Algodones Dunes: Also Known as the Imperial Sand Dunes, They Are Southern California's Favorite Sandbox

By Jaffe, Matthew | Sunset, May 1998 | Go to article overview

Algodones Dunes: Also Known as the Imperial Sand Dunes, They Are Southern California's Favorite Sandbox


Jaffe, Matthew, Sunset


Down State Highway 111 by the shores of the Salton Sea, people have long tried to conjure an aura of the exotic. There are groves of date palms, the Fountain of Youth Spa & RV Park, a town called Mecca, and a beach named Bombay.

But eventually, as if finally accepting the spare, sere realities of the Colorado Desert setting, the place names become purely descriptive. Driving south, you pass Salt Wash, Gravel Wash, Cat %il Wash, and Bug Wash before reaching the green fields of the Imperial Valley, flecked white by flocks of egrets.

Green as it is, the valley doesn't feel very oasis-like. There's nothing exotic about places like Niland and Brawley, no-nonsense ag towns straight out of East of Eden, not Arabian Nights.

Go east of Brawley on State 78, past the cultivated fields and desert scrub, and you reach a genuine desert dreamscape, a Sahara-like expanse of sand on an immense scale. These are the Algodones, or Imperial, sand dunes, a 1,000-square-mile sea of shifting sand stretching to the Mexican border.

The dunes were formed from the sands of Lake Cahuilla, which covered much of the area as recently as 500 years ago. Algodones is one of the largest such landscapes in North America.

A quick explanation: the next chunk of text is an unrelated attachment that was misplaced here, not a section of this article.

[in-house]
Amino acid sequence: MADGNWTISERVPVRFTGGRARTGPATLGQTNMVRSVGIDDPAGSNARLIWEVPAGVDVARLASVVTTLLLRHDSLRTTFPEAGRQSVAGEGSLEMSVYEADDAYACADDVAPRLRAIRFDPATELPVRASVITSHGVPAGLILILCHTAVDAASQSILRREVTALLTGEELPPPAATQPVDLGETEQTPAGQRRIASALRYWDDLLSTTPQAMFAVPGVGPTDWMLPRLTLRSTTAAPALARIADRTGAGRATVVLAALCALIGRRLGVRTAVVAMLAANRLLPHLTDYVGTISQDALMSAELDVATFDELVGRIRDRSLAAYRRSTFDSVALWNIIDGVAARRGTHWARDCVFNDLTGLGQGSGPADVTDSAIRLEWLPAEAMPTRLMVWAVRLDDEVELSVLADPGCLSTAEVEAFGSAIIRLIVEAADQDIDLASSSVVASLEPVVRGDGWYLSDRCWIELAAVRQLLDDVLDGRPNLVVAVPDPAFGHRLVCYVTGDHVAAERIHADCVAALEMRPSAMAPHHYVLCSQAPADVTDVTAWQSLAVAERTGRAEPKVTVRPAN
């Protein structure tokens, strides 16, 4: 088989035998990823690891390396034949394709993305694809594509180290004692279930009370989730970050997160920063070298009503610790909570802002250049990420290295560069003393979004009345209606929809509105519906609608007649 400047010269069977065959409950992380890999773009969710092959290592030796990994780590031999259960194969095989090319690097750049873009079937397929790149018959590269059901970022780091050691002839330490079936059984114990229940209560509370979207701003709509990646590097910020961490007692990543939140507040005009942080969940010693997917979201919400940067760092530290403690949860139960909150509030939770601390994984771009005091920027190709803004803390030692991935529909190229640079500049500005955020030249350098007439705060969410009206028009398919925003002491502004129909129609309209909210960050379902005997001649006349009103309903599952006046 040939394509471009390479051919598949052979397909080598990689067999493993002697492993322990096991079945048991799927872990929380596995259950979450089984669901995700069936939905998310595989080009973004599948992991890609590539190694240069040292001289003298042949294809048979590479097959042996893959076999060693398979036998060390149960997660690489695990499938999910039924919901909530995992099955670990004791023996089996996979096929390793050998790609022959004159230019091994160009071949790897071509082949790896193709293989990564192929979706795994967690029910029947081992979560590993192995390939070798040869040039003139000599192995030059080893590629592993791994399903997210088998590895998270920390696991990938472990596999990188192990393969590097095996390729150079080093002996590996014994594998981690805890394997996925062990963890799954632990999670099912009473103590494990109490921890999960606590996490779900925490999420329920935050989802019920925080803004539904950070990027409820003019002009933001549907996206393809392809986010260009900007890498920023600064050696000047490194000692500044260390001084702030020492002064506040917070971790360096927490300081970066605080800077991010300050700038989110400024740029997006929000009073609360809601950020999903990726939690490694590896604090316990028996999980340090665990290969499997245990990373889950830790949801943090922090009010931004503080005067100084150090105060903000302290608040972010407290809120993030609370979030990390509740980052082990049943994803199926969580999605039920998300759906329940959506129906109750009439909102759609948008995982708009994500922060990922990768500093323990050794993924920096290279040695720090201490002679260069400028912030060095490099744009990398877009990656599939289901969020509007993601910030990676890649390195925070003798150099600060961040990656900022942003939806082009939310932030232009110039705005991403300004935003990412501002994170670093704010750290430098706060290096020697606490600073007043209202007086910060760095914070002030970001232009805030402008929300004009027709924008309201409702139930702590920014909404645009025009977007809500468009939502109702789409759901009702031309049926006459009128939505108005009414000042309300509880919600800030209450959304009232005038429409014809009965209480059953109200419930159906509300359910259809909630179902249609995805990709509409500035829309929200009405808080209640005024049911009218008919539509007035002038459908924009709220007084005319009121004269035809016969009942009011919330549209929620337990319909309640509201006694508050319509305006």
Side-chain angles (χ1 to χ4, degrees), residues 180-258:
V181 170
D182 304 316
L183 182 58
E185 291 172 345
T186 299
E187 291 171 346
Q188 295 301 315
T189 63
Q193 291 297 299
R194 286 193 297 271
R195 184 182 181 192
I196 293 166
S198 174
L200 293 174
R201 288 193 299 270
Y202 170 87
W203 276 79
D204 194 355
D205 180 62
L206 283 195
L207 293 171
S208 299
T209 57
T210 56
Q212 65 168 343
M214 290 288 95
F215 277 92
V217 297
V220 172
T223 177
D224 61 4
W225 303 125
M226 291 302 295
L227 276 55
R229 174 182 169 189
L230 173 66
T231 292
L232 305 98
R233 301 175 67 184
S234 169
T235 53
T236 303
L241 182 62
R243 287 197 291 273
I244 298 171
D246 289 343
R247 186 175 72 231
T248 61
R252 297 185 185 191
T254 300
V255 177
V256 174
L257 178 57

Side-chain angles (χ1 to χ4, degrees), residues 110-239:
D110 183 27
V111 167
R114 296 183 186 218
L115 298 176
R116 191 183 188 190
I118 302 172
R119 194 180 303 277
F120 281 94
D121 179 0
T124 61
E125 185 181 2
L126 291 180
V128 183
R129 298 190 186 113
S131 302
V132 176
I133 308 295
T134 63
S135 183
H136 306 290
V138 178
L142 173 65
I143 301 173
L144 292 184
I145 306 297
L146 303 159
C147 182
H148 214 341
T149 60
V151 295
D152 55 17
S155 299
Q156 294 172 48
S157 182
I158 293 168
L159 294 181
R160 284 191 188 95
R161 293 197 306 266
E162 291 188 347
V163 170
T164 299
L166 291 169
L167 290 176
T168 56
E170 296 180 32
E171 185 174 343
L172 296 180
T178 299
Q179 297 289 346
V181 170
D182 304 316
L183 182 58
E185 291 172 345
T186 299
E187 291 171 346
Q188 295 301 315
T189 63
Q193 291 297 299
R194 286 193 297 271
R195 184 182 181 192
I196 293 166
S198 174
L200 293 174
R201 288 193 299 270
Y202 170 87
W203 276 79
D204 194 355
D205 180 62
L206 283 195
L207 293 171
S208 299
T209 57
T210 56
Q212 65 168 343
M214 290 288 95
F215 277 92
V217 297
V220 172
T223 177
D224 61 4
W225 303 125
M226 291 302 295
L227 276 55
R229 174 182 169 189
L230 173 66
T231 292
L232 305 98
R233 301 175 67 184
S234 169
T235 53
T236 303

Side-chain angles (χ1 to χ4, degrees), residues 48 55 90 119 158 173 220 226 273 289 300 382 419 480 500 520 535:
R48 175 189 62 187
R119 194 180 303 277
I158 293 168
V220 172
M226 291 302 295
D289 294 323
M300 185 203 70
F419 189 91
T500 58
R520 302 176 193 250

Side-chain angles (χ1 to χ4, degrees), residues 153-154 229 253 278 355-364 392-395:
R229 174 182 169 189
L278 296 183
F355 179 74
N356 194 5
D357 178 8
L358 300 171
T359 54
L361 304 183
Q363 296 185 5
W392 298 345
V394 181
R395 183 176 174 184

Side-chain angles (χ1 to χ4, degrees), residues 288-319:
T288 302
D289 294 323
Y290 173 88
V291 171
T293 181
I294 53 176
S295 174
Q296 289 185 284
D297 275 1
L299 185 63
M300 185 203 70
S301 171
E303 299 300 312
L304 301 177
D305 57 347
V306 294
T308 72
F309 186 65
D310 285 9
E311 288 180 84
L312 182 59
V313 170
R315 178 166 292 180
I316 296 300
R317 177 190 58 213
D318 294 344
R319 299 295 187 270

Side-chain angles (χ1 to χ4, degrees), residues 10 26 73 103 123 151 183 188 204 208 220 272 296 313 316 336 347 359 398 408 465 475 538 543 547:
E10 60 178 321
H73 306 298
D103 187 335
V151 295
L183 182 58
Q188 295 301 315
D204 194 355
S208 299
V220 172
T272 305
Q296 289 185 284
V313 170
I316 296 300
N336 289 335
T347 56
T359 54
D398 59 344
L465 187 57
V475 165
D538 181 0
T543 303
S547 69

North of State 78, about 32,200 acres are administered by the BLM as the North Algodones Dunes Wilderness, a little-known creation of the California Desert Protection Act of 1994. South of the highway, the sands are open for off-road vehicle recreation - they are, in fact, one of the busiest of these sites in the country, thanks to easy access from Los Angeles, San Diego, and Phoenix.

From the Osborne Overlook, the differences between the two sides appear minor, although tire tracks crisscross the southern sands.

For hikers, the northern dunes certainly have more appeal. Vast and enveloping, they feel like a separate realm with valleys and even broad, flat plains - a continent in miniature. Shoes are of little value here, and removing them at the start of a hike adds to the sensation of embarking on a kind of pilgrimage. …

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